Many people have thrown out the baby with the bathwater when it comes to relevance with all excesses. I understand the concern of watering down the message and attracting people under false pretenses. But, unfortunately, Hillsong and others have grossly distorted this with worship services devoid of anything Christian. However, as the worldview gap widens, we need to communicate the gospel understandably without gimmicks.
Paul gives an example in Acts 17:16-31.
16. While Paul was waiting for them in Athens, he was greatly distressed to see that the city was full of idols. 17 So he reasoned in the synagogue with both Jews and God-fearing Greeks, as well as in the marketplace day by day with those who happened to be there. 18 A group of Epicurean and Stoic philosophers began to debate with him. Some of them asked, “What is this babbler trying to say?” Others remarked, “He seems to be advocating foreign gods.” They said this because Paul was preaching the good news about Jesus and the resurrection. 19 Then they took him and brought him to a meeting of the Areopagus, where they said to him, “May we know what this new teaching is that you are presenting? 20 You are bringing some strange ideas to our ears, and we would like to know what they mean.” 21 (All the Athenians and the foreigners who lived there spent their time doing nothing but talking about and listening to the latest ideas.)
22 Paul then stood up in the meeting of the Areopagus and said: “People of Athens! I see that in every way, you are very religious. 23 For as I walked around and looked carefully at your objects of worship, I even found an altar with this inscription: to an unknown god. So you are ignorant of the very thing you worship—and this is what I am going to proclaim to you.24 “The God who made the world and everything in it is the Lord of heaven and earth and does not live in temples built by human hands. 25, And he is not served by human hands, as if he needed anything. Rather, he himself gives everyone life and breath and everything else. 26 From one man, he made all the nations, that they should inhabit the whole earth; and he marked out their appointed times in history and the boundaries of their lands. 27 God did this so that they would seek him and perhaps reach out for him and find him, though he is not far from any one of us. 28 ‘For in him we live and move and have our being.’ As some of your own poets have said, ‘We are his offspring.’29 “Therefore, since we are God’s offspring, we should not think that the divine being is like gold or silver or stone—an image made by human design and skill. 30 In the past, God overlooked such ignorance, but now he commands all people everywhere to repent. 31 For he has set a day when he will judge the world with justice by his appointed man. He has given proof of this to everyone by raising Him from the dead.”32 When they heard about the resurrection of the dead, some of them sneered, but others said, “We want to hear you again on this subject.” 33 At that, Paul left the Council. 34 Some of the people became followers of Paul and believed. Among them was Dionysius, a member of the Areopagus, a woman named Damaris, and many others. After preaching in the synagogues and on the street, Pau catches the attention of some stoic philosophers. So he goes to the Areopagus to explain this to them. Paul uses the unknown God statue to talk about Yahweh. It is not clear what the unknown God refers to. Perhaps as Judaism and Hellenism came into contact, people heard bits and pieces about Yahweh. Since Yahweh was just referred to as God, the Greeks thought he was nameless. Perhaps they thought another god out there in addition to the ones Greeks worshipped, but they didn't who it was. The philosophers may have been influenced by Aristoltians philosophy which has theistic elements. Hence they called it the unknown God. Paul makes this unknown god known. He succinctly explains God's character and dealings with man. He knows the whole gospel was foreign to them, so he focuses on the question of who God is first. He even sprinkles in some quotes from another Stoic philosopher. D This probably paved the way for a more complete gospel presentation to those who were interested. It overs the entire redemptive history and his character.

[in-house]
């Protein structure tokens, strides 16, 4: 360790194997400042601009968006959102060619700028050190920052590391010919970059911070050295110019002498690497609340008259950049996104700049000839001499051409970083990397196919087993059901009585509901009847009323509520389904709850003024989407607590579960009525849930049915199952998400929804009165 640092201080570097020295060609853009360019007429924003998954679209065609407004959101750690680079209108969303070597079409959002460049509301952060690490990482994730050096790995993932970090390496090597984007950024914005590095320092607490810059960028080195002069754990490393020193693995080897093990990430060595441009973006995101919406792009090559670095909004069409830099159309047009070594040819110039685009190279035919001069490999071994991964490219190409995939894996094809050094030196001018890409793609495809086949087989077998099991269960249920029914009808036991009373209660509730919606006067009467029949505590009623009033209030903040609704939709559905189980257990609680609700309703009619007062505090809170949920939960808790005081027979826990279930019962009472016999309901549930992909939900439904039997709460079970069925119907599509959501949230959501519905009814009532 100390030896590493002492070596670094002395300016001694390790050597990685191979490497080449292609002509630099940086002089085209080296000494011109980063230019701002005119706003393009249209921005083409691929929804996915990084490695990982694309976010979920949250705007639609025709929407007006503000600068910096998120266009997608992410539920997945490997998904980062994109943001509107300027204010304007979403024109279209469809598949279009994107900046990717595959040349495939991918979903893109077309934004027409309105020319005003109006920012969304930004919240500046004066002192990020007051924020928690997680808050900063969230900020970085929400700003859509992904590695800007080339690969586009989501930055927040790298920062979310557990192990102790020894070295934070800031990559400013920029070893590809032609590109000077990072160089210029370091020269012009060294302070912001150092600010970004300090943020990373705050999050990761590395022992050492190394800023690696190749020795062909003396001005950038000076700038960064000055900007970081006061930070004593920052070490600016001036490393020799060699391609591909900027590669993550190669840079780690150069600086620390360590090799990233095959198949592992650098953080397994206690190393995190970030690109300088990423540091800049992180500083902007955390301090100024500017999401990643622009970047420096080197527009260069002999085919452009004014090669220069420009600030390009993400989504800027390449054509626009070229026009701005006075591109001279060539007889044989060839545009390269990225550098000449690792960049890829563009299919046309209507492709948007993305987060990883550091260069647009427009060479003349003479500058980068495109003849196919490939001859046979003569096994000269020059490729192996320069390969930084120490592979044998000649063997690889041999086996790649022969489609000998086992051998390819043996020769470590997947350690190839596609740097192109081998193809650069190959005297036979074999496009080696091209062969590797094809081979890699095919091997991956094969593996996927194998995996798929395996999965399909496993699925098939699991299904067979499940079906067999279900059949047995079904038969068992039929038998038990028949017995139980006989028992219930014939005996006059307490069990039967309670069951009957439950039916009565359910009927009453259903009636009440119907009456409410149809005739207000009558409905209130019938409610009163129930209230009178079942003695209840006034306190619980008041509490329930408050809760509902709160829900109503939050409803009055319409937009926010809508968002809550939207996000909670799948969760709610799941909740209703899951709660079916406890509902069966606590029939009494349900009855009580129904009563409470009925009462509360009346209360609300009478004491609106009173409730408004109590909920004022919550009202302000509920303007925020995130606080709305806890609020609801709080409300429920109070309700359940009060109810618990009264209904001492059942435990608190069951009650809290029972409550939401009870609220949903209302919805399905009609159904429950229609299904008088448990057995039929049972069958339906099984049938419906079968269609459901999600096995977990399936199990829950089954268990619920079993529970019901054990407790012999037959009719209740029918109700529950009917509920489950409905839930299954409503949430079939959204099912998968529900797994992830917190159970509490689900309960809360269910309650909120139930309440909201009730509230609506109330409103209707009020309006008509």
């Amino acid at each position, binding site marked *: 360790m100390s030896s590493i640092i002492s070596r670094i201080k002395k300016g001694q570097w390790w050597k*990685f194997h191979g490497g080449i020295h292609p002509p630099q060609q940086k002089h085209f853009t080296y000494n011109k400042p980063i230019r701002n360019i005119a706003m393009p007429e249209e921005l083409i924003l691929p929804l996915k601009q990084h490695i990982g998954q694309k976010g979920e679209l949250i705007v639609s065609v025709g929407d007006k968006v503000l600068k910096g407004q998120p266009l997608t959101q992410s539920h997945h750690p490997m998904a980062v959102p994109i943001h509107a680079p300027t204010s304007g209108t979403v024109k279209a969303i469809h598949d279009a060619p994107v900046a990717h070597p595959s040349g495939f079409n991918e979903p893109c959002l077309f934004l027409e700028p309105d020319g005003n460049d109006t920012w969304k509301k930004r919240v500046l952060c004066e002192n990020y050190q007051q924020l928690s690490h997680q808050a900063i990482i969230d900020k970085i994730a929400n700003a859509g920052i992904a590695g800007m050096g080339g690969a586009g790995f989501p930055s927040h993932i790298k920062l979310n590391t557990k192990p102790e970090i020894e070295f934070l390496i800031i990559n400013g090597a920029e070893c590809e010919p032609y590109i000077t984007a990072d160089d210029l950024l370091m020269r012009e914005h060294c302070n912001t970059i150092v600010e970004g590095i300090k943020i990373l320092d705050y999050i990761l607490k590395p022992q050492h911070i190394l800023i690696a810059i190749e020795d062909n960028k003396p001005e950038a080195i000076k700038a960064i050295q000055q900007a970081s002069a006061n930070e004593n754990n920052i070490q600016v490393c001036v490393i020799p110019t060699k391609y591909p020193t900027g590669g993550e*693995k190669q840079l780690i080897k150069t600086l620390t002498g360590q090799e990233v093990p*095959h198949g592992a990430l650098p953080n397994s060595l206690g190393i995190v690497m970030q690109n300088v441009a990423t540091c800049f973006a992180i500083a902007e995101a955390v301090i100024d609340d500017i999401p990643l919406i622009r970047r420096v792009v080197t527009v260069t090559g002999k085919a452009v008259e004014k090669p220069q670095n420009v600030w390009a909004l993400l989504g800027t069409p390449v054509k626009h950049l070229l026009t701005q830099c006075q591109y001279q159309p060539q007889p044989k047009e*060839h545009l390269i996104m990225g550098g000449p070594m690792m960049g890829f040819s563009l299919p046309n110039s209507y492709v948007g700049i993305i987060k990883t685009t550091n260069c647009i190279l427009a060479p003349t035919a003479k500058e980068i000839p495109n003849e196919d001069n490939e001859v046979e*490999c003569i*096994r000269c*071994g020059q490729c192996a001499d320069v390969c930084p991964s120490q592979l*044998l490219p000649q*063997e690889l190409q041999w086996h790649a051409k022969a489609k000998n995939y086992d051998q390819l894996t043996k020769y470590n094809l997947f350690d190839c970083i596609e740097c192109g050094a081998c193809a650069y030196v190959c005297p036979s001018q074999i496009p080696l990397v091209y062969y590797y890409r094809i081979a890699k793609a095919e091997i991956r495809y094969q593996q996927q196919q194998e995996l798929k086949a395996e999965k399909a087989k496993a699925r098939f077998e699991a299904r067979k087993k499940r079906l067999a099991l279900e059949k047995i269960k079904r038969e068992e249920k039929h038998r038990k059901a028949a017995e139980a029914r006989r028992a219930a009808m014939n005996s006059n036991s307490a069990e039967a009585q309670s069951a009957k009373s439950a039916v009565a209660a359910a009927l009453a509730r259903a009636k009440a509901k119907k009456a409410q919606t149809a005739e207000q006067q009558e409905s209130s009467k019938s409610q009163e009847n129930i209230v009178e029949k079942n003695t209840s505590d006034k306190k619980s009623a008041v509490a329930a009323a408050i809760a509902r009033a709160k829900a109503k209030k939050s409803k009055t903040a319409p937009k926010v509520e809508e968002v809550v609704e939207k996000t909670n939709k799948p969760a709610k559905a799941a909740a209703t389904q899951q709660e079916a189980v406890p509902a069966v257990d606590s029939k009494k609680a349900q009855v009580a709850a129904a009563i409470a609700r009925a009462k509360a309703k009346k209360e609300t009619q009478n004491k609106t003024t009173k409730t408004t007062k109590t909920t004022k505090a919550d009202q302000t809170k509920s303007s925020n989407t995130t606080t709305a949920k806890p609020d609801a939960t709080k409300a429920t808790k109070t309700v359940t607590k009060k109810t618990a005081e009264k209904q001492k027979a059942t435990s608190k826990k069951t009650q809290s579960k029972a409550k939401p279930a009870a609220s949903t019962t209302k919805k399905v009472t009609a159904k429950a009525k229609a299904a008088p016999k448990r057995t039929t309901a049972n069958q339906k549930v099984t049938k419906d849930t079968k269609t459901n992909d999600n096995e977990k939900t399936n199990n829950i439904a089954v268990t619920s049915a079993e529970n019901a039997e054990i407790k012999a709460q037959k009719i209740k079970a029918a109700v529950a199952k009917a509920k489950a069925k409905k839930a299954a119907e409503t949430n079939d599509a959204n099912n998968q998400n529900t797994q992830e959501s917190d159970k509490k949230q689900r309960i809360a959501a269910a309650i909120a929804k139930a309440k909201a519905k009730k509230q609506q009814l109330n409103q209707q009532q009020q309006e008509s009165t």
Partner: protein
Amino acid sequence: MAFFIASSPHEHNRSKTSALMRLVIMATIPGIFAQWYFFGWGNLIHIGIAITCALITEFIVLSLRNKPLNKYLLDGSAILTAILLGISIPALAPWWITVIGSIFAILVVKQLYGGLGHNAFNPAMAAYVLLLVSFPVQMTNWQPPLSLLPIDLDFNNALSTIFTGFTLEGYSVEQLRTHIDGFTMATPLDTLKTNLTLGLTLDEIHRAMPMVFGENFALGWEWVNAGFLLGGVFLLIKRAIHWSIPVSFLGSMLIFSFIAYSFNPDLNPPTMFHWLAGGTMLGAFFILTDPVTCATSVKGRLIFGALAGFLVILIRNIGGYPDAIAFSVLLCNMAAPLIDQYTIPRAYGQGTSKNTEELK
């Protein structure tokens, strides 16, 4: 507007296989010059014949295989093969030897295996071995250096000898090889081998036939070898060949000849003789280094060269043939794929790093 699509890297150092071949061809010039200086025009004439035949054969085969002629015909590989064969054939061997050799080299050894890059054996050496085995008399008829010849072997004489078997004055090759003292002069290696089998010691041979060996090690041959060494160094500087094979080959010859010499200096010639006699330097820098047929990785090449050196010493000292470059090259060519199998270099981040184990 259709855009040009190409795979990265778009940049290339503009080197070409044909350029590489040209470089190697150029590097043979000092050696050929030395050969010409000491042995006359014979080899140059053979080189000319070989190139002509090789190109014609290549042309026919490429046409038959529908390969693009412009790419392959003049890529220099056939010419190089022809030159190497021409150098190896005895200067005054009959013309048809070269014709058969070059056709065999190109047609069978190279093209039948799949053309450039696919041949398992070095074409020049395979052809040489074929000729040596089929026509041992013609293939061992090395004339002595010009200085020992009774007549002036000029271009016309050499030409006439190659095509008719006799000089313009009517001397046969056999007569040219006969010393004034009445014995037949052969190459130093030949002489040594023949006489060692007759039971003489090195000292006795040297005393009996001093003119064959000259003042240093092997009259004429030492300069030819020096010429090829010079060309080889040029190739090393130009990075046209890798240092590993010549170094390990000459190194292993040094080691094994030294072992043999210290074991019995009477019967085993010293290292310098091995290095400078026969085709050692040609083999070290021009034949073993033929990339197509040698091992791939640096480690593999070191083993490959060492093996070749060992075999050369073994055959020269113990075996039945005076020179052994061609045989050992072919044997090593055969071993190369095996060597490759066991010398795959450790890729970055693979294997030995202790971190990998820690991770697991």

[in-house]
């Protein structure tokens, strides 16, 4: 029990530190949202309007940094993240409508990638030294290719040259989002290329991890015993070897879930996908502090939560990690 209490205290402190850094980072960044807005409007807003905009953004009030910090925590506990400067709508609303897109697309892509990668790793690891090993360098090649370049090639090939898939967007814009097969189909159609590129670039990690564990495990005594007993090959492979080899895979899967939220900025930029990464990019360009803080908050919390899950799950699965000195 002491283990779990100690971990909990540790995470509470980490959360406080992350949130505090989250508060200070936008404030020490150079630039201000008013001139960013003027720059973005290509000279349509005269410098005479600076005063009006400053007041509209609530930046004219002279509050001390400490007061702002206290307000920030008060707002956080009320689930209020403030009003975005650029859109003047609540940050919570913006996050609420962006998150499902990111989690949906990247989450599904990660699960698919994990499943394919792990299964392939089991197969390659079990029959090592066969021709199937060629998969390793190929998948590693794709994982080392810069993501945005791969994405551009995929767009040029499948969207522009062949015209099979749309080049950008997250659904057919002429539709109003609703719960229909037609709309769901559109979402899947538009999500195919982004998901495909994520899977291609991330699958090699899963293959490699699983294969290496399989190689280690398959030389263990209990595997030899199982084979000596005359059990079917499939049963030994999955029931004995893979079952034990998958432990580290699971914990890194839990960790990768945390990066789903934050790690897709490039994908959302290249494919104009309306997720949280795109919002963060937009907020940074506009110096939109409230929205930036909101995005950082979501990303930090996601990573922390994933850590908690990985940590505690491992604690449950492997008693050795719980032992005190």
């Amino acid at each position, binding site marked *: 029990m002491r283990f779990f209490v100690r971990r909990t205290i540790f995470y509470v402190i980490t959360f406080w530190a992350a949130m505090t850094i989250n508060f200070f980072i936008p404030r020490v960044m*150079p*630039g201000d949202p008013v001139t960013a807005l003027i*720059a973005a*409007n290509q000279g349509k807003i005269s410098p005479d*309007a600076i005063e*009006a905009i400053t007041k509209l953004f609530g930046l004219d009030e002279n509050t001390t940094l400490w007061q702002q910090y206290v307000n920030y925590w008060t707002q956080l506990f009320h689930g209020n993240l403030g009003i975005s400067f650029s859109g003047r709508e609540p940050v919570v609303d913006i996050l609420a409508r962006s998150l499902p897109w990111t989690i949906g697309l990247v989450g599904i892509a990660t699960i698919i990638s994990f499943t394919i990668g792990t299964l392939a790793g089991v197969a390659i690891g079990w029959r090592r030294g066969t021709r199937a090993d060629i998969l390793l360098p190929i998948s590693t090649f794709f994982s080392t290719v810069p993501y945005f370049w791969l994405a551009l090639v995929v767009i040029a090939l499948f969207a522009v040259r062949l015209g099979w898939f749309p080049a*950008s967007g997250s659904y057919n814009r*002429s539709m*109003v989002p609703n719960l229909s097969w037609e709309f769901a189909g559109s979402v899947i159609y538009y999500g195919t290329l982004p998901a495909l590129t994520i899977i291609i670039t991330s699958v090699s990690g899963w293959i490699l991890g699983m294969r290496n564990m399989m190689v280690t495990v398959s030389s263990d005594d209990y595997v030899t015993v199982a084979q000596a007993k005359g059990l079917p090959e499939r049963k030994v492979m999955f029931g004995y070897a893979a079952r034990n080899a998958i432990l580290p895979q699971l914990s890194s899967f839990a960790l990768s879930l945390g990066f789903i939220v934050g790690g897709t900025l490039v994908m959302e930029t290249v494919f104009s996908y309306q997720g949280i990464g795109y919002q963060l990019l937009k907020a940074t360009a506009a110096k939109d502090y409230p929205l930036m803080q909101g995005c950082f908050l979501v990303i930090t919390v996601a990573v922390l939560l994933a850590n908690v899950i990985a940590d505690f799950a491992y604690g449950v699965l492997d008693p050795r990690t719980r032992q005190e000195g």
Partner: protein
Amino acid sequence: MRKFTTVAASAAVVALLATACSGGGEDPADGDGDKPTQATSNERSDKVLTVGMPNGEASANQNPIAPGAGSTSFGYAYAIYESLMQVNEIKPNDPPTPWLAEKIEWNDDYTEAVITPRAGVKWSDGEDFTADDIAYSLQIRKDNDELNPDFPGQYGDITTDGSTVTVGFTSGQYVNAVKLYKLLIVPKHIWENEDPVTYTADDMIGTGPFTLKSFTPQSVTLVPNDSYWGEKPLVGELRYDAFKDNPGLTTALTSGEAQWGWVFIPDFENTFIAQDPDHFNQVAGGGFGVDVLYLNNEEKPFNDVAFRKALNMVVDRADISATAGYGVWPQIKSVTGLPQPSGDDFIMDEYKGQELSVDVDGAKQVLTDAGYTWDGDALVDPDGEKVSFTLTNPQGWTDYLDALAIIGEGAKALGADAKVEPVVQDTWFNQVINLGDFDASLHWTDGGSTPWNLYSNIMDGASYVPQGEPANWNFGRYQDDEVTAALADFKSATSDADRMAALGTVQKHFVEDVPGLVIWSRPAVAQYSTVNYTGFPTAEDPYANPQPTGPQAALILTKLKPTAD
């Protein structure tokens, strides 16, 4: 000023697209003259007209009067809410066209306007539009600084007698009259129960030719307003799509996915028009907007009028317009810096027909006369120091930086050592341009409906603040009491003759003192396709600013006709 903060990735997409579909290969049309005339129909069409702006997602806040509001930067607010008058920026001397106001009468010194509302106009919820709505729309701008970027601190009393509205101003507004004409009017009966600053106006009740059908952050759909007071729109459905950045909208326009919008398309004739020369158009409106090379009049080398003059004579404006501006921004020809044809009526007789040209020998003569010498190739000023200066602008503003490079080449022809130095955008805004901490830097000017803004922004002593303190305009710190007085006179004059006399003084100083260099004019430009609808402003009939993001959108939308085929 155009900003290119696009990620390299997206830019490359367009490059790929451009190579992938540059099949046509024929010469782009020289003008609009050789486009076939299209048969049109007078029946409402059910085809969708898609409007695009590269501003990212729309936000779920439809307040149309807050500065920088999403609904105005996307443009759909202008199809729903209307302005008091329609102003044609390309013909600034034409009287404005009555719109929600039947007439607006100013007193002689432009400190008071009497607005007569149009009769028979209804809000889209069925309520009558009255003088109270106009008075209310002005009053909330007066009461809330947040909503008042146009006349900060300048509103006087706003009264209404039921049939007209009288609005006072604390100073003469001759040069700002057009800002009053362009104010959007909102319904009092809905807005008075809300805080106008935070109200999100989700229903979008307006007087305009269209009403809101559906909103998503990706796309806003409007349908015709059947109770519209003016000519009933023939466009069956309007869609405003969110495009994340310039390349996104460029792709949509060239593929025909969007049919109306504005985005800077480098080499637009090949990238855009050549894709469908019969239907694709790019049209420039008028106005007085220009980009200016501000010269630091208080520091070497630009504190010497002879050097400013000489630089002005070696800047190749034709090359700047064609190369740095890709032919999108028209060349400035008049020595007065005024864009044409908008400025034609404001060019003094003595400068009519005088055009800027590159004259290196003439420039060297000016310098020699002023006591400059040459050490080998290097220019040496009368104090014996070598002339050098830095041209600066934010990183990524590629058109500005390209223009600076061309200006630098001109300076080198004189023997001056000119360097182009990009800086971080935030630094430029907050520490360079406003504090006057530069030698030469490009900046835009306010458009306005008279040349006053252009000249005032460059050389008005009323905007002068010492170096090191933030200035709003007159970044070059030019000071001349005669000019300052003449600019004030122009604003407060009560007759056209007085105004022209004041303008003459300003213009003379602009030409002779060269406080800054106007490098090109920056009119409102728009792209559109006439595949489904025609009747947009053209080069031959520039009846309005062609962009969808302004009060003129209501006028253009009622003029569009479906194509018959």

In few words, Paul mentions that Yahweh is living and not limited to a place or represented by an idol. He is the self-sustaining sustainer of mankind. He is also the creator of mankind. The one-man reference probably refers to Adam. He also mentions God's sovereignty in setting ethnic and national boundaries to bring people to himself .mentions that God overlooked the ignorance of foreign idolatry for a time until he revealed himself to all nations and called them to repentance. Finally, he implicitly mentions Jesus as the appointed man who will judge mankind. Some might consider Paul's failure to mention Jesus' divinity an oversight. However, since talking to philosophers, it was probably easier to say Jesus implicitly as the Son of Man in Daniel 7. Judging by their reaction to the resurrection, a fully divine and human figure would have confused them. Although ironically, it seems similar to the Greek concept of a demigod, a half-god, and a man. He does not use the word child when referring to the relationship between God and those who believe in him. Instead, he uses the word offspring from the Greek poet's quote. Again here, Paul is using familiar terms.
As you can see, Paul faithfully communicates God's attributes while using more straightforward and familiar language. As longs we don't compromise the message speaking understandably is an excellent way to connect with an audience when sharing.